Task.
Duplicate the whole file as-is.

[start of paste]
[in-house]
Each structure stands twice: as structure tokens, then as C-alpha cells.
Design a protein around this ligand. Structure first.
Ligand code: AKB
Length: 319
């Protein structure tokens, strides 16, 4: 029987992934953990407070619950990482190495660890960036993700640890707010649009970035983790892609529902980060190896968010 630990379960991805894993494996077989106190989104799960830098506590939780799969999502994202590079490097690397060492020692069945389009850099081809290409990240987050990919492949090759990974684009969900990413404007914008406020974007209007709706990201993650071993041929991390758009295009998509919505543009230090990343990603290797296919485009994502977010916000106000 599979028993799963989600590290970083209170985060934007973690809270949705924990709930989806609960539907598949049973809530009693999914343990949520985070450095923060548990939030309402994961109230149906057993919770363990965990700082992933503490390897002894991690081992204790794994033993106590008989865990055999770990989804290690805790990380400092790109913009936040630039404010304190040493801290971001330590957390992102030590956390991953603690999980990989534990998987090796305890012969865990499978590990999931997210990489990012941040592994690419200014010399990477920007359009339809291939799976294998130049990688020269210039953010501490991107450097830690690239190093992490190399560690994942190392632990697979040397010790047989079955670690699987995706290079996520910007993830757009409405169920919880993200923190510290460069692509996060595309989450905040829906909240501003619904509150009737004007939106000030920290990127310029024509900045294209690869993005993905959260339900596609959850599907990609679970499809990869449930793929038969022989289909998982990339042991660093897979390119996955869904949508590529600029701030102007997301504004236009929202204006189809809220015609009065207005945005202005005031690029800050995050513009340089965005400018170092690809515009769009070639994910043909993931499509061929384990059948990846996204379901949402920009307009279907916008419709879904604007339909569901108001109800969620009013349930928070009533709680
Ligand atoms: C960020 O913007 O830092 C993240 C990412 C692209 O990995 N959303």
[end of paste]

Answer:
[in-house]
Each structure stands twice: as structure tokens, then as C-alpha cells.
Design a protein around this ligand. Structure first.
Ligand code: AKB
Length: 319
């Protein structure tokens, strides 16, 4: 029987992934953990407070619950990482190495660890960036993700640890707010649009970035983790892609529902980060190896968010 630990379960991805894993494996077989106190989104799960830098506590939780799969999502994202590079490097690397060492020692069945389009850099081809290409990240987050990919492949090759990974684009969900990413404007914008406020974007209007709706990201993650071993041929991390758009295009998509919505543009230090990343990603290797296919485009994502977010916000106000 599979028993799963989600590290970083209170985060934007973690809270949705924990709930989806609960539907598949049973809530009693999914343990949520985070450095923060548990939030309402994961109230149906057993919770363990965990700082992933503490390897002894991690081992204790794994033993106590008989865990055999770990989804290690805790990380400092790109913009936040630039404010304190040493801290971001330590957390992102030590956390991953603690999980990989534990998987090796305890012969865990499978590990999931997210990489990012941040592994690419200014010399990477920007359009339809291939799976294998130049990688020269210039953010501490991107450097830690690239190093992490190399560690994942190392632990697979040397010790047989079955670690699987995706290079996520910007993830757009409405169920919880993200923190510290460069692509996060595309989450905040829906909240501003619904509150009737004007939106000030920290990127310029024509900045294209690869993005993905959260339900596609959850599907990609679970499809990869449930793929038969022989289909998982990339042991660093897979390119996955869904949508590529600029701030102007997301504004236009929202204006189809809220015609009065207005945005202005005031690029800050995050513009340089965005400018170092690809515009769009070639994910043909993931499509061929384990059948990846996204379901949402920009307009279907916008419709879904604007339909569901108001109800969620009013349930928070009533709680
Ligand atoms: C960020 O913007 O830092 C993240 C990412 C692209 O990995 N959303």